Examiner Misleads on Autoworker Pay Topic: Washington Examiner
A Dec. 5 Washington Examiner editorial rehashes a misleading right-wing talking point in attacking autoworkers, claiming that they receive "wages and benefits at least $25 an hour higher on average than those paid workers at the U.S. plants of Toyota, Honda and Nissan."
That notion appears to be cut-and-pasted straight out of a Nov. 19 Heritage Foundation "WebMemo" by James Sherk:
The typical UAW worker at the Big Three earned between $71 and $76 an hour in 2006. This amount is triple the earnings of the typical worker in the private sector and $25 to $30 an hour more than American workers at Japanese auto plants.
But that's false -- that figure includes the cost of providing pensions and health care to retirees. There's no evidence that, as Sherk goes on to claim, "The average unionized worker at the Big Three earns over $130,000 a year in wages and benefits."
Kincaid's Newest Anti-Obama Rant Topic: Accuracy in Media
Cliff Kincaid is still desperately seeking ways to attack Barack Obama, this time taking an opportunity to invoke his ultra-anti-communism in the process.
In his Dec. 2 Accuracy in Media column, Kincaid criticizes Obama for even appointing anyone, let alone Susan Rice, to be U.N. ambassador. Why? Because it was created in part by Alger Hiss (and thus, he writes, not "truly 'American'"), because it was allegedly "a major base of espionage operations for Russia in the U.S.," and because "it is still infested with anti-American intelligence agents and foreign spies."
Kincaid then goes off on a tangent, ranting against the idea that Obama adviser Anthony Lake might be appointed to a position in the Obama administration -- which has not actully been seriously discussed anywhere that we've seen -- because he once "expressed doubt as to whether Alger Hiss was really guilty" when asked about it during a 1997 congressional hearing on his nomination to be CIA director (from which he eventually withdrew). Kincaid adds that last year "we urged AIM members to send him a postcard" asking, "Do you still doubt that Alger Hiss was a Soviet spy?"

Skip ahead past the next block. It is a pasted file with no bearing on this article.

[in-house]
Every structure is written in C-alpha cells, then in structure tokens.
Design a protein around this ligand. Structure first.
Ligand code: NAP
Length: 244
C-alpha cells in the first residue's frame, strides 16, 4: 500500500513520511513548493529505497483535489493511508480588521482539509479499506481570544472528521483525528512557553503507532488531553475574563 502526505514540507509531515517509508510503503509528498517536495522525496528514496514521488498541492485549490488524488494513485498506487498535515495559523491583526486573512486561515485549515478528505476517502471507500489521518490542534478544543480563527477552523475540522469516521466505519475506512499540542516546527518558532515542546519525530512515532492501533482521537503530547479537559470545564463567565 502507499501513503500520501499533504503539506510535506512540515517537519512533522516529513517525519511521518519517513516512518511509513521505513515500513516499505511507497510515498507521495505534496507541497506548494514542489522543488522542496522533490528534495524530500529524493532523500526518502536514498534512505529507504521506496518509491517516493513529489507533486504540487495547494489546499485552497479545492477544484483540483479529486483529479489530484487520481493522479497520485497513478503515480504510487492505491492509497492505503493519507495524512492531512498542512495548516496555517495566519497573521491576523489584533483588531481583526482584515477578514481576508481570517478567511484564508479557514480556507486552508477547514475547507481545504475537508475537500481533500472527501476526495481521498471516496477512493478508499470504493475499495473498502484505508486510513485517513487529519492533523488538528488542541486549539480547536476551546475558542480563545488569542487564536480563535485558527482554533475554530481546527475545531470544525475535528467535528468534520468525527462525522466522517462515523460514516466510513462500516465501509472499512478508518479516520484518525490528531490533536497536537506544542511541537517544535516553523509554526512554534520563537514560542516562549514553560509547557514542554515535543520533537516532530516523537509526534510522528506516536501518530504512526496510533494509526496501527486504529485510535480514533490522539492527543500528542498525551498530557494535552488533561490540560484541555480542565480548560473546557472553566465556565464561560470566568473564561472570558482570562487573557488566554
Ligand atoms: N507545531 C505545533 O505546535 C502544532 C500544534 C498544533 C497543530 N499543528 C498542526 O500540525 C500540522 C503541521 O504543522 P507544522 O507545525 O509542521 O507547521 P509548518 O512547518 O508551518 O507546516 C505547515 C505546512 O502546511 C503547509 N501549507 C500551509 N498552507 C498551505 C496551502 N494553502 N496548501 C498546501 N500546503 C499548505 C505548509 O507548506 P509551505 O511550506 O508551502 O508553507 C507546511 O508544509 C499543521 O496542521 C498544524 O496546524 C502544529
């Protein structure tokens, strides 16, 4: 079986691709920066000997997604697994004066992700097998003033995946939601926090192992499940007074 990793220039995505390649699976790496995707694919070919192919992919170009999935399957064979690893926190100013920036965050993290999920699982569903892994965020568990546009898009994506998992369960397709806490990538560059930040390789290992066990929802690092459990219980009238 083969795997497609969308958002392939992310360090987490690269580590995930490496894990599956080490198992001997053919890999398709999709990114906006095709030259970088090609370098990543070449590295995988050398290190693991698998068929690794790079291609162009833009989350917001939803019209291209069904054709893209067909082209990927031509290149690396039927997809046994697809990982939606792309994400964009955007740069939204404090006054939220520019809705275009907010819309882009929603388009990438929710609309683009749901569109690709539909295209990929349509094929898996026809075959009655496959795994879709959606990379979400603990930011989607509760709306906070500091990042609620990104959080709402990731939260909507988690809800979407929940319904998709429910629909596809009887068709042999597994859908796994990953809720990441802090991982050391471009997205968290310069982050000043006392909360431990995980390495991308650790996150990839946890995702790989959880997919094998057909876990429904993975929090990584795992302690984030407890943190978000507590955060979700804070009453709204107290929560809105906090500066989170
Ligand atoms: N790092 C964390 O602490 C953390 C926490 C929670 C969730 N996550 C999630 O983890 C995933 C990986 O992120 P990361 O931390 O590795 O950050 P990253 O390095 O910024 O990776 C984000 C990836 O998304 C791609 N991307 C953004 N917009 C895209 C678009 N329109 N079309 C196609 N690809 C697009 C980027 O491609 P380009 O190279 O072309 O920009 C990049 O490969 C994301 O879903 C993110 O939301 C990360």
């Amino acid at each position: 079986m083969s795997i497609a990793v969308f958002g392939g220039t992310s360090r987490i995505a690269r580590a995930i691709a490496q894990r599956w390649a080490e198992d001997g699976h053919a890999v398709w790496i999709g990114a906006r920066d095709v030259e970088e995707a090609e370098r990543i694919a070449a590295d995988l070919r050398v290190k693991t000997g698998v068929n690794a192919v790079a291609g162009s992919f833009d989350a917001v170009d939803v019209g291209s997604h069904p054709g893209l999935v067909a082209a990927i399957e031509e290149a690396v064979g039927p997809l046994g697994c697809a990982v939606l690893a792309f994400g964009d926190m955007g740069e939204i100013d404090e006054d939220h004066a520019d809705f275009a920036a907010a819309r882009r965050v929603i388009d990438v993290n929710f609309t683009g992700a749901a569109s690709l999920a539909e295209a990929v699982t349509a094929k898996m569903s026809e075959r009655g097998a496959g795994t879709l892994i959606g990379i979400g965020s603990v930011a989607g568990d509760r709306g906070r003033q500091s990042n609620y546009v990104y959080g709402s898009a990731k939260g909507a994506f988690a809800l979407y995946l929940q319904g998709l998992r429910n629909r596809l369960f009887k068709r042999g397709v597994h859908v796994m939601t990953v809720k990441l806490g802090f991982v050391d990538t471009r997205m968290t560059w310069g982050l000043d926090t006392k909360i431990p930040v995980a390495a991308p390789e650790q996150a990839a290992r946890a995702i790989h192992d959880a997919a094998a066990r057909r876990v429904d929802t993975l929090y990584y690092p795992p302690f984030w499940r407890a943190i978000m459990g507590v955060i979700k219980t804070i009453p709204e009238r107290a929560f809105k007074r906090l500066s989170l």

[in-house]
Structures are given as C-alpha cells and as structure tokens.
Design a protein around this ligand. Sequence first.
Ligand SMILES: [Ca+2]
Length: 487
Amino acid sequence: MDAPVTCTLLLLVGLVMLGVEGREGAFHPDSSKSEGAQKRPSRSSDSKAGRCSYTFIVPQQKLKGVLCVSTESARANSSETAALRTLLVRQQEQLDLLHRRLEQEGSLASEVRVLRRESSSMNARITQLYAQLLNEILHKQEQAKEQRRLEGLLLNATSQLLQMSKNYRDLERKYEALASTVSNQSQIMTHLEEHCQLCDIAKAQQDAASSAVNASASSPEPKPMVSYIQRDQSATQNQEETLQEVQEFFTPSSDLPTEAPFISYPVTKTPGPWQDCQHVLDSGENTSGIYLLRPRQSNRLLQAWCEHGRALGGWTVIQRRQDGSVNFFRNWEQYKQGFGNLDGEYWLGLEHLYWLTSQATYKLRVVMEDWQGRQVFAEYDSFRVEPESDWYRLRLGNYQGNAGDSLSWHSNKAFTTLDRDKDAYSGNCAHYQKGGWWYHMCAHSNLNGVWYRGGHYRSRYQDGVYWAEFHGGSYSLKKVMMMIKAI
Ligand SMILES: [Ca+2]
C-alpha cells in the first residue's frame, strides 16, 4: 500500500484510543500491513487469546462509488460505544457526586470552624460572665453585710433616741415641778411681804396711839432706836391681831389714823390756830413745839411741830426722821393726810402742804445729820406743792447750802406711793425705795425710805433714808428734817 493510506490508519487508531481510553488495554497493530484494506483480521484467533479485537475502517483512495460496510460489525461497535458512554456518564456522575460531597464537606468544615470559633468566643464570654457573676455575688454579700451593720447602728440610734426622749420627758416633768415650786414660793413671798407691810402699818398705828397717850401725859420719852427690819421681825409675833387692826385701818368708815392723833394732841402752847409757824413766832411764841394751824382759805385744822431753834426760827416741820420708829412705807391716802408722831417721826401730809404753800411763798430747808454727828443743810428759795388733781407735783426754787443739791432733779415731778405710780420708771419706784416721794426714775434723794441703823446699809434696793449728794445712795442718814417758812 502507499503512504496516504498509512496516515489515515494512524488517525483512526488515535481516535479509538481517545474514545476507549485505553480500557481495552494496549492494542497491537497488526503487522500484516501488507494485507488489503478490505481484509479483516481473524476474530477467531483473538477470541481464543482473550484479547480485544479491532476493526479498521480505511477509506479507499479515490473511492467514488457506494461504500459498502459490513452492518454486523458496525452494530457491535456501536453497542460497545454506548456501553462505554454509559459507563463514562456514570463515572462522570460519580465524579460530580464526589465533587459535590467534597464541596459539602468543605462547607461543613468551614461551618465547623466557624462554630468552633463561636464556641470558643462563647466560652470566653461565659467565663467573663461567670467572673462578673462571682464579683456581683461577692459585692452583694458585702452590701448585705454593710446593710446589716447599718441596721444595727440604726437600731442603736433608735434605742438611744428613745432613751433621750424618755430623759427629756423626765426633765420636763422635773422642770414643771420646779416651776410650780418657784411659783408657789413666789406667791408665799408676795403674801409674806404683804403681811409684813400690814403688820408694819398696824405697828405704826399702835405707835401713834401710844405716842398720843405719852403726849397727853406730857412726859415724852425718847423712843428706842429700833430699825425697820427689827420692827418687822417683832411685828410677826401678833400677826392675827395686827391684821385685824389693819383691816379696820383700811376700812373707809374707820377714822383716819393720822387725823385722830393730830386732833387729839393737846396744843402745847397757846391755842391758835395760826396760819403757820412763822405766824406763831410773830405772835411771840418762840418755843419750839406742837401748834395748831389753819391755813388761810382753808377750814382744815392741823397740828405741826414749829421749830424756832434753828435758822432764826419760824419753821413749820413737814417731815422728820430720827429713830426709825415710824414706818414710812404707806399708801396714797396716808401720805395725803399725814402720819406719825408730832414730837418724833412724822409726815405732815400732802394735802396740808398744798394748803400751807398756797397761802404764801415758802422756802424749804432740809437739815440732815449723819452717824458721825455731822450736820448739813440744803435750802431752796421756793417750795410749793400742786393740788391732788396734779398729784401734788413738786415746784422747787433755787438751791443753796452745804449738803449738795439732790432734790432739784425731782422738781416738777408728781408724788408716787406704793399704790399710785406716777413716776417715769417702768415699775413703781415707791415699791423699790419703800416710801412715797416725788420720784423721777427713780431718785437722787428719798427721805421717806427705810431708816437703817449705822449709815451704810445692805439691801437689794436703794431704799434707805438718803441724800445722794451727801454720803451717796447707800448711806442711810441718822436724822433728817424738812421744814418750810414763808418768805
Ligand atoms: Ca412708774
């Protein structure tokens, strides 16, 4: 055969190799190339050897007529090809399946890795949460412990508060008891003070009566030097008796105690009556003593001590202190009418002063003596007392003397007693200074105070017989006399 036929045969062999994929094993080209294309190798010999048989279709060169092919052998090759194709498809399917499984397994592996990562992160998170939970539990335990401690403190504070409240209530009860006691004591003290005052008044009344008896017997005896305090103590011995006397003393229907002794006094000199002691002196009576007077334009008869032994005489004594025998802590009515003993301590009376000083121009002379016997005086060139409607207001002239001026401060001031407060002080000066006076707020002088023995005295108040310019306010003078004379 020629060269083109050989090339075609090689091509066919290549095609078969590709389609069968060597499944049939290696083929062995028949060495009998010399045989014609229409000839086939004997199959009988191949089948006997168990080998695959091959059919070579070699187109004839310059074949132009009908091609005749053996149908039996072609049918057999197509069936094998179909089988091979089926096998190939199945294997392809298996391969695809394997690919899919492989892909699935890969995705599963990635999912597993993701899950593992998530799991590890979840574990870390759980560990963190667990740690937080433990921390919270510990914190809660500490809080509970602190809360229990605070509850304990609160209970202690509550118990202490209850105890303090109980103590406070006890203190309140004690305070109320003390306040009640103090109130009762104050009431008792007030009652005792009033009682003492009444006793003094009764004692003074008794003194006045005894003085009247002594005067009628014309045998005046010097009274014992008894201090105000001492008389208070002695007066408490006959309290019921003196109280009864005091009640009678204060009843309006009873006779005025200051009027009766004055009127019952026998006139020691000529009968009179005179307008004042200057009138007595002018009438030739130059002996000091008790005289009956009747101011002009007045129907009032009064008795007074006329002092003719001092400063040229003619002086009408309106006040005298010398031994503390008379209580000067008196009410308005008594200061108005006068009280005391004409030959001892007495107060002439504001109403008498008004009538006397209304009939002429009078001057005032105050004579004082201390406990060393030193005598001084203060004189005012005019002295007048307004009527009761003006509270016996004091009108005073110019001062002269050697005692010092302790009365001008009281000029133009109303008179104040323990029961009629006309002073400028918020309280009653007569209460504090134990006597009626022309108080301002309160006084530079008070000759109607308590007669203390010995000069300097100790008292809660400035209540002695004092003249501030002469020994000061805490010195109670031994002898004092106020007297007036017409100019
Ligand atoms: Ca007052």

Kincaid fails to note that, according to a 1997 PBS report, Lake retracted the statement. Further, that Lake was asked about Hiss at all shows the hyperpartisan nature of the confirmation hearing; a March 19, 1997, New York Daily News editorial noted, "That the process was a dressed-up witch hunt was sealed when Lake was asked his opinion of Alger Hiss the bogeyman of the McCarthy years." A Newark Star-Ledger editorial the same day noted that the Hiss question was part of "an endless game of gotcha" by Lake's main inquisitor, Republican Sen. Richard Shelby.
Further, as Lake himself pointed out during his hearing, "The Hiss case is not something, frankly, that the national security adviser deals with every day."
Nevertheless, Kincaid uses Lake (and Hiss) as a cudgel to bash Obama. That AIM postcard also included the question,"What Is Senator Obama’s position on the question of Hiss’s guilt?" and Kincaid concludes his column by writing, "Obama already has special access to America’s national security secrets. Has he shared any of them with his 'intimate' friend Anthony Lake?" That's apparently an allusion to a pre-election Kincaid scare tactic, that Obama's purported "30-year association with people who hate the United States" meant that "it is highly doubtful that Obama could get a security clearance in the U.S. government he wants to lead."
WND Repeats Previous Lies About Obama Topic: WorldNetDaily
From a Dec. 5 WorldNetDaily article on Barack Obama's purported views on the court system:
Obama said in a 2001 radio interview said the Constitution is flawed in that it does not mandate or allow for redistribution of wealth.
Obama told Chicago's public station WBEZ-FM that "redistributive change" is needed, pointing to what he regarded as a failure of the U.S. Supreme Court under Chief Justice Earl Warren in its rulings on civil rights issues in the 1960s.